Purchase this article with an account.
Mariya Moosajee, Rose Richardson, Andreas Mitsios, Alessandro Abbouda, Andrew Webster; Whole metabolomic profiling determines systemic dysfunction in Choroideremia. Invest. Ophthalmol. Vis. Sci. 2018;59(9):4492.
Download citation file:
© ARVO (1962-2015); The Authors (2016-present)
Choroideremia (CHM) is an X-linked recessive chorioretinal dystrophy caused by mutations in the CHM gene, encoding the ubiquitous Rab Escort Protein 1 (REP1). REP1 is a component of the Rab geranyl-geranyl transferase II complex involved in prenylation of Rab proteins to facilitate their intracellular membrane trafficking. REP2, a compensatory isoform, fails to prenylate a subset of Rabs within the retina, leading to a tissue specific disease. Recently, significant plasma fatty acid and red blood cell membrane abnormalities were reported in CHM. In order to investigate this further, we undertook whole metabolome screening to investigate for any fatty acid dysregulation and whether CHM is a systemic disease.
Twenty-five affected male CHM patients and the equivalent age-matched healthy volunteers underwent whole metabolome profiling using the DiscoveryHD4™ platform (Metabolon), which uses multiple mass spectrometry methods to identify over 1,000 metabolites across all major classes, including amino acids, carbohydrates, lipids, nucleotides, energy, vitamins, and novel metabolites, from 100 μL of plasma extracted from a 5 ml blood sample. Exclusion criteria was taking medications for cholesterol or lipid modification.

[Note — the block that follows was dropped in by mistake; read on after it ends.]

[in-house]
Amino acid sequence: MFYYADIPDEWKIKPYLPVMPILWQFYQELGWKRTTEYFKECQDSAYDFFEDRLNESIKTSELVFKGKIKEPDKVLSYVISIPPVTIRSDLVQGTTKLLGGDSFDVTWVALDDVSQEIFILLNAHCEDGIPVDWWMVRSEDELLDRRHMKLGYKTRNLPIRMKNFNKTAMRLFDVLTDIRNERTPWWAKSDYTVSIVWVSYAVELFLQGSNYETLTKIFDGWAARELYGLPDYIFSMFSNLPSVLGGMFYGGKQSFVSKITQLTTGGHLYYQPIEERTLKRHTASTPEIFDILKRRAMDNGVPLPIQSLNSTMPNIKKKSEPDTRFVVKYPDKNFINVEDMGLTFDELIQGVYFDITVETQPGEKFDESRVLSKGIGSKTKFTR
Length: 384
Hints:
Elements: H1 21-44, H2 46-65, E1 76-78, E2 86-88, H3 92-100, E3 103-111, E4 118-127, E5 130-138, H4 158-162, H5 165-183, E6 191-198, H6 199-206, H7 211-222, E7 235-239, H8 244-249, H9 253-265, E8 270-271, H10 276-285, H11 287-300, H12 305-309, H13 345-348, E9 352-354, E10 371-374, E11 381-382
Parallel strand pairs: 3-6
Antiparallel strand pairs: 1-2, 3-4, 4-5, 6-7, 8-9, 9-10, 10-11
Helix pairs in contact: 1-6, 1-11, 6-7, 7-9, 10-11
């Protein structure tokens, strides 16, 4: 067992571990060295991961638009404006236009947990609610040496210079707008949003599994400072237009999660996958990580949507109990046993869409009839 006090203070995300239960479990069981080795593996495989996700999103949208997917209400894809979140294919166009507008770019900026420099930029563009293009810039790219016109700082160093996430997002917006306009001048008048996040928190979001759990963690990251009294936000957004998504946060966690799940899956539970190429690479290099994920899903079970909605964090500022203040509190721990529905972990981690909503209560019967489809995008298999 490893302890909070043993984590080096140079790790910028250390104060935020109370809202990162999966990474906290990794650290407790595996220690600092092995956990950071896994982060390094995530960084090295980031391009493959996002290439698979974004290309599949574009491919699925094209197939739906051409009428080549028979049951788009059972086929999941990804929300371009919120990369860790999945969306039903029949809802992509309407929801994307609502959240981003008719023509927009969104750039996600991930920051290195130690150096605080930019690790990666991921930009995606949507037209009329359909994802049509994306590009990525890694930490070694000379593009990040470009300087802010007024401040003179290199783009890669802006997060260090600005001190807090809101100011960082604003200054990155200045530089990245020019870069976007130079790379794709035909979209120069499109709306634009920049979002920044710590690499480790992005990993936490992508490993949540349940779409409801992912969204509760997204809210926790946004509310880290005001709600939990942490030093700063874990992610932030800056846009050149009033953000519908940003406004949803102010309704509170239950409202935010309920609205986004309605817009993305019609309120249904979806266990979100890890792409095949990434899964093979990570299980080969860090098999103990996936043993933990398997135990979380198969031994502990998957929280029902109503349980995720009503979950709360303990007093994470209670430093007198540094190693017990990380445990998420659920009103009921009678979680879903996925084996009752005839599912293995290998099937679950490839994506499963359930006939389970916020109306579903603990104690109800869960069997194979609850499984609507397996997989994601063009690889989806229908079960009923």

Over 800 known compounds were identified across the samples; 85 biochemicals were found to statistically differ (p<0.05, Welch’s Two Sample T-Test) between CHM patients and controls. Random Forest Confusion Matrix showed 86% predictive accuracy, indicating a high probability that individual metabolites are able to distinguish CHM from controls despite principal component analysis, showing similar global metabolic profiles. Overall, significant perturbation was found in (i) sphingolipid metabolism, (ii) broader lipid dysregulation, and (iii) the glutathione cycle which manages oxidative stress (increased in the CHM zebrafish retina).
Sphingolipids have a multicellular role, enriched in the plasma membrane, upon degradation in lysosomes, ceramide is hydrolysed to fatty acid and sphingosine. Rab proteins are associated with endocytosis and transport of sphingolipids. Spingolipid metabolism is disrupted in (i) diabetes causing endoplasmic reticulum stress and inflammation, and (ii) Alzheimer’s disease, with increased ceramide-mediated apoptosis. Further large-scale studies are required to ascertain the co-morbidity seen with CHM to establish a metabolic link.
This is an abstract that was submitted for the 2018 ARVO Annual Meeting, held in Honolulu, Hawaii, April 29 - May 3, 2018.
This PDF is available to Subscribers Only